14 thoughts on “Memoir Monday 3

  1. Time really does heal. Slowly. But it does eventually. Glad you have come to so much better a place 🙂

    • Thank you for stopping by and leaving a note, Marilyn. I am a work in progress, as we all probably are. I hope your body is healing and that you and Garry are able to enjoy some of this warmer weather.

  2. Beautiful writing, Patti – to go with that gorgeous photo! Love that ghost cabin:)

  3. Patti, What a beautiful account of your early days of grief. I remember when not much worked to slow down the bleeding of my cracked and broken heart except the strong webbing of nature. How similar Elaine’s, yours, and stories are in that we all turned to this for the solace that nothing else could offer. After Harold died in 2008, I would sit in my back yard and watch birds configure messages in the sky or walk the beach for hours until I spied a pod of dolphin or an osprey to carry some of my sadness away. I planted trees, azaleas bushes and other flowers in my yard to keep my heart strong and connected to organic growth and recovery. I don’t know how you’ve made it through the past five years with the multiple losses you’ve endured, but I do know you are one strong woman.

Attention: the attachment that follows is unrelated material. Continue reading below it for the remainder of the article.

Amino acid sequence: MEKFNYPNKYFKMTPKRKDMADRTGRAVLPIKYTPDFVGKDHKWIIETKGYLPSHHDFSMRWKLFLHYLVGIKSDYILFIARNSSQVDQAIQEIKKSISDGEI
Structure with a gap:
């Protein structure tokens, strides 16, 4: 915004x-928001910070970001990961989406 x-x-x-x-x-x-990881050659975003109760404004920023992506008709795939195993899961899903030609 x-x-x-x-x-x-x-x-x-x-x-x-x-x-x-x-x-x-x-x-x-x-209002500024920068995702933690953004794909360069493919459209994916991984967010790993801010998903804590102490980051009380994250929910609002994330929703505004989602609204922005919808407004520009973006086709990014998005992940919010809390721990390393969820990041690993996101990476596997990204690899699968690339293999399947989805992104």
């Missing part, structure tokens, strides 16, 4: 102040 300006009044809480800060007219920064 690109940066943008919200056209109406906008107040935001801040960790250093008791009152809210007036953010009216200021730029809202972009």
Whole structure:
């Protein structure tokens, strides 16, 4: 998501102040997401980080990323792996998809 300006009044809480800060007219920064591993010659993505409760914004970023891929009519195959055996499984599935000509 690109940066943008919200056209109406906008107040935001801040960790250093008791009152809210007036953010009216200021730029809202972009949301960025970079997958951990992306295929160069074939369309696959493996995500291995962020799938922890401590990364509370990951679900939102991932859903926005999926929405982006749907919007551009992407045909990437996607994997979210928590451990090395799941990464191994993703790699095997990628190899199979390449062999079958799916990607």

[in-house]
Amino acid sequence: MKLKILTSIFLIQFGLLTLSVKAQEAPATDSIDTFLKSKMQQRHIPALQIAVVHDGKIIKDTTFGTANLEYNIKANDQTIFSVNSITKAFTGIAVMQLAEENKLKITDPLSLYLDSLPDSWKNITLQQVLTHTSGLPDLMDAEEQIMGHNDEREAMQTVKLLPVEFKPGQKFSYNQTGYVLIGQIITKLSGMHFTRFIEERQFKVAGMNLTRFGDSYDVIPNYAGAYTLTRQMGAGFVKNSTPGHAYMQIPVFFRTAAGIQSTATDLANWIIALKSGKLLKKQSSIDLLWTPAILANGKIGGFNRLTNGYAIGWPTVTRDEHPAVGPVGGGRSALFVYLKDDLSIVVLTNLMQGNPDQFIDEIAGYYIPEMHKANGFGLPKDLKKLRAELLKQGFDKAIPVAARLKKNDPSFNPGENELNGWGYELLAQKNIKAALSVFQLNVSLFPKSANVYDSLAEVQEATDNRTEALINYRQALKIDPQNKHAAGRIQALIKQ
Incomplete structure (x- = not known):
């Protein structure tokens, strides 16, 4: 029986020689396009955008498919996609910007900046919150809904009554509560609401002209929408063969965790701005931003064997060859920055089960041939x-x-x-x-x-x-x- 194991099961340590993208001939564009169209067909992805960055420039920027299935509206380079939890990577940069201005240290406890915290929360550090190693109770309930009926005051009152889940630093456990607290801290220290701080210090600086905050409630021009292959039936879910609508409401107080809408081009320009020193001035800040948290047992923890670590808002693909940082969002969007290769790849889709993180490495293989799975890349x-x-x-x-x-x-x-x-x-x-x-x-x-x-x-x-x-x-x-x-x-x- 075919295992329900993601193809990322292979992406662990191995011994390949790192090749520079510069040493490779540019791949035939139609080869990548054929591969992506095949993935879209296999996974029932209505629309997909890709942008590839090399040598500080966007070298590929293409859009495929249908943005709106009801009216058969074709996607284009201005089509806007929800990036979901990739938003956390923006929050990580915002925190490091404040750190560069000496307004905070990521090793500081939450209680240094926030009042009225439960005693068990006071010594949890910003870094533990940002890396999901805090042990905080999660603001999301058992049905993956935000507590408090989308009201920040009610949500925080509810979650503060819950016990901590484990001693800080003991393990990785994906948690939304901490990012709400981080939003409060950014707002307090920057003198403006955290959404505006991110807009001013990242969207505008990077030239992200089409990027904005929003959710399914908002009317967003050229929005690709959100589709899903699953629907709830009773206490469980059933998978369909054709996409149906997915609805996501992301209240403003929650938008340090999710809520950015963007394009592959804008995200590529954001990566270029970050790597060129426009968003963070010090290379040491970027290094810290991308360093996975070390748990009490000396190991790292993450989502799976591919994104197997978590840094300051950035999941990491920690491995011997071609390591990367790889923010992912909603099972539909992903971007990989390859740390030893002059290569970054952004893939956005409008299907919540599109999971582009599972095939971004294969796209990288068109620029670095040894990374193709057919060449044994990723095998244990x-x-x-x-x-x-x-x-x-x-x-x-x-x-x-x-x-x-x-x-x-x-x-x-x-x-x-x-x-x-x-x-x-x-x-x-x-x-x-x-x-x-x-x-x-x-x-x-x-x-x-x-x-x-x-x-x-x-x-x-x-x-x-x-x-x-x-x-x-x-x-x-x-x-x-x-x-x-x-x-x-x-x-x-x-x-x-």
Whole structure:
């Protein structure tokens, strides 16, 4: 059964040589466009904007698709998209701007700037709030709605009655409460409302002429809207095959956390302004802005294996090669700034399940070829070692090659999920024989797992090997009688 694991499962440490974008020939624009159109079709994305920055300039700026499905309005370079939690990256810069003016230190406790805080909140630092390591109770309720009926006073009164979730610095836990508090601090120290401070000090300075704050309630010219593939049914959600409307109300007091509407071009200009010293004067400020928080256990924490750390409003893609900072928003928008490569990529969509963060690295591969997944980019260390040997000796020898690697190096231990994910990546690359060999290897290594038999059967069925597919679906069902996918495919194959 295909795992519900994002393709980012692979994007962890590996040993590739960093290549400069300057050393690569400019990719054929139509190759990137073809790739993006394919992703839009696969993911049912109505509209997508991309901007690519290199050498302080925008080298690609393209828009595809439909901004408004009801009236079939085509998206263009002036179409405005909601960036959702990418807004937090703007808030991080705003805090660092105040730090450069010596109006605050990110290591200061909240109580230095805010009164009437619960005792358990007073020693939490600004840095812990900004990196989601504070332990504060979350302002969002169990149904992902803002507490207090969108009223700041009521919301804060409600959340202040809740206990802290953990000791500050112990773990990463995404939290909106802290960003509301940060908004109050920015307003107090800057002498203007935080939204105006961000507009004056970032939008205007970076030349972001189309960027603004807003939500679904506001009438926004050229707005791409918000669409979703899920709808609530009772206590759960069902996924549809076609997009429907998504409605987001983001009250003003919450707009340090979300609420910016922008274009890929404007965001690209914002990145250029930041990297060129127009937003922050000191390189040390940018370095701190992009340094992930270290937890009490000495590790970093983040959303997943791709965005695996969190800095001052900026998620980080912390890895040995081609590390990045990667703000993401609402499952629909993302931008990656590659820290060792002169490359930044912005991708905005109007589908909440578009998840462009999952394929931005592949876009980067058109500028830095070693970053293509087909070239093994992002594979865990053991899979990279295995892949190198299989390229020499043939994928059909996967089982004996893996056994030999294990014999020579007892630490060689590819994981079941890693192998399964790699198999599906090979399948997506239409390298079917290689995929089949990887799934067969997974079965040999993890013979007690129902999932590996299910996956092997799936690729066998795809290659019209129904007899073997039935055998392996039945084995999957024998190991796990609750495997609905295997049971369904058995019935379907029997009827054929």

Much love,


    • Nice to see you stop by. Thank you for your kind words, Jenna. I’m not surprised that the 3 of us have this in common, as it’s one more of those connections that we keep finding. Also, thank you for giving us a taste of your experience with the gentle healing of nature.
      The multiple losses have been hard on all of us, and the loss of my grandson has been the hardest one for me to come back from…still working on it. It is bittersweet to see so much of him reflected in his little cousin’s personality.
      Love & Hugs,